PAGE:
At first glance, Orange County’s housing shortage doesn’t make sense. One would think building in rural America would be easy. There is plenty of cheap land; zoning rules are generally less restrictive; and employers are struggling to fill job openings. Yet the housing crunch is an enormous struggle. In 2017 there were a mere 79,000 single-family home starts in all of “nonmetropolitan” America, compared with 223,800 in 2005.

One explanation is the unwillingness of banks to extend loans to contractors or developers looking to build housing where there are no comparison properties nearby. And given the relatively small, sometimes stagnant housing markets in rural areas, there are often few such “comps.” Without them, there can be no loans. Without loans, there can be no building.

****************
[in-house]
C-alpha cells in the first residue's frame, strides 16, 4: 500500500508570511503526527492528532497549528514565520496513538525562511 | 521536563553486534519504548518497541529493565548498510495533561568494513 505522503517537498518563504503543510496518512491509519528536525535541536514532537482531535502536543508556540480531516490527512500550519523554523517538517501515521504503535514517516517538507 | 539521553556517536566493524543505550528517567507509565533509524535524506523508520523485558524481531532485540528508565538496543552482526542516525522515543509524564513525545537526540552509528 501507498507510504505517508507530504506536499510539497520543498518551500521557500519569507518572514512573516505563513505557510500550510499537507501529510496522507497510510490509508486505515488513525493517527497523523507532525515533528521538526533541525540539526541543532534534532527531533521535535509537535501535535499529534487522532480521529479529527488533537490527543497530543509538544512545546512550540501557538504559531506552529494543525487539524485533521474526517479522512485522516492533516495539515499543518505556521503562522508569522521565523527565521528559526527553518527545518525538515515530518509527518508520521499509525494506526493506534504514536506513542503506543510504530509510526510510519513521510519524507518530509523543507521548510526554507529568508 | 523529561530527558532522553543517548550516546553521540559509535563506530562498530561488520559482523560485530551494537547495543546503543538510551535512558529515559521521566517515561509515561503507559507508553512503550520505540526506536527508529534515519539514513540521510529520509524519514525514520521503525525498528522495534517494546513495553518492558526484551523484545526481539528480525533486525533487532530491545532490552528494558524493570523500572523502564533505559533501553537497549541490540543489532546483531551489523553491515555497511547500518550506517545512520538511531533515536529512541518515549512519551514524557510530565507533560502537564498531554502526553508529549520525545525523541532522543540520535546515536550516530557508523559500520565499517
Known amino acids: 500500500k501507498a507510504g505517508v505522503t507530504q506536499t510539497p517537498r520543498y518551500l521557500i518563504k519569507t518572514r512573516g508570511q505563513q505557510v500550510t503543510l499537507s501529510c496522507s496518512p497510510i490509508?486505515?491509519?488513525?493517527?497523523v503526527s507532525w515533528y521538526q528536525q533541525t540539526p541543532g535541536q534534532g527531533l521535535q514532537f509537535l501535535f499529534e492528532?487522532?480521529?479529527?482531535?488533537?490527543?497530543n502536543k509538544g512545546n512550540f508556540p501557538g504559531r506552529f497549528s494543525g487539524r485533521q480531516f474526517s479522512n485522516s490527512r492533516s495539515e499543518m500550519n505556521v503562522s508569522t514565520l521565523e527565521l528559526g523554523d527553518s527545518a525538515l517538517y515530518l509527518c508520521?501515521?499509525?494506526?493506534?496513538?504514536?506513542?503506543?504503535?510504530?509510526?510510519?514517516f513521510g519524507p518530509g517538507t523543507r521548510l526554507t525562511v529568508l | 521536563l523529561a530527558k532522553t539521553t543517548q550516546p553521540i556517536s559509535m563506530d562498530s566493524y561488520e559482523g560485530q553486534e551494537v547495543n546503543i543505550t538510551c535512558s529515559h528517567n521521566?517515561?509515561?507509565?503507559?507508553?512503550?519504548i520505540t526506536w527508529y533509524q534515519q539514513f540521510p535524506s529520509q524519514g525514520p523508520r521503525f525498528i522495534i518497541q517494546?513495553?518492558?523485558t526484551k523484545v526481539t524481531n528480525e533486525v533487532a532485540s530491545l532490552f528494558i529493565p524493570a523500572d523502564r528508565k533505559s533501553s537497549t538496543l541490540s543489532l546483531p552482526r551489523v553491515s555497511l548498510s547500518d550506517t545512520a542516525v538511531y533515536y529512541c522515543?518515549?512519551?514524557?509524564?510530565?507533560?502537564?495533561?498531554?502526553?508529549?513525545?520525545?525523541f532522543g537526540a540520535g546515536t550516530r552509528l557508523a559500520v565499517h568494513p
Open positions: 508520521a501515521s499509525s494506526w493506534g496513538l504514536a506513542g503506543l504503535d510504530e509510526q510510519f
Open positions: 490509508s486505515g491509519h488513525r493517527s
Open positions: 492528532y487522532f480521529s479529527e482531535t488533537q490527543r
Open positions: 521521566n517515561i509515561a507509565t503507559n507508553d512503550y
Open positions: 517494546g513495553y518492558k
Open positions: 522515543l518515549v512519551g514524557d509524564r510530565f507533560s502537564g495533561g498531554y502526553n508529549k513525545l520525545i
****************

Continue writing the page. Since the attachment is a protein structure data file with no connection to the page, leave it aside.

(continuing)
The second issue is a lack of investors who see adequate potential return on investment in rural areas. The average home value in Orange County is a little over $100,000. In Bloomington, 50 miles away, the average price is more than twice that. It isn’t hard for contractors to figure out where they can earn a bigger return.

Finally, there is a lack of skilled labor.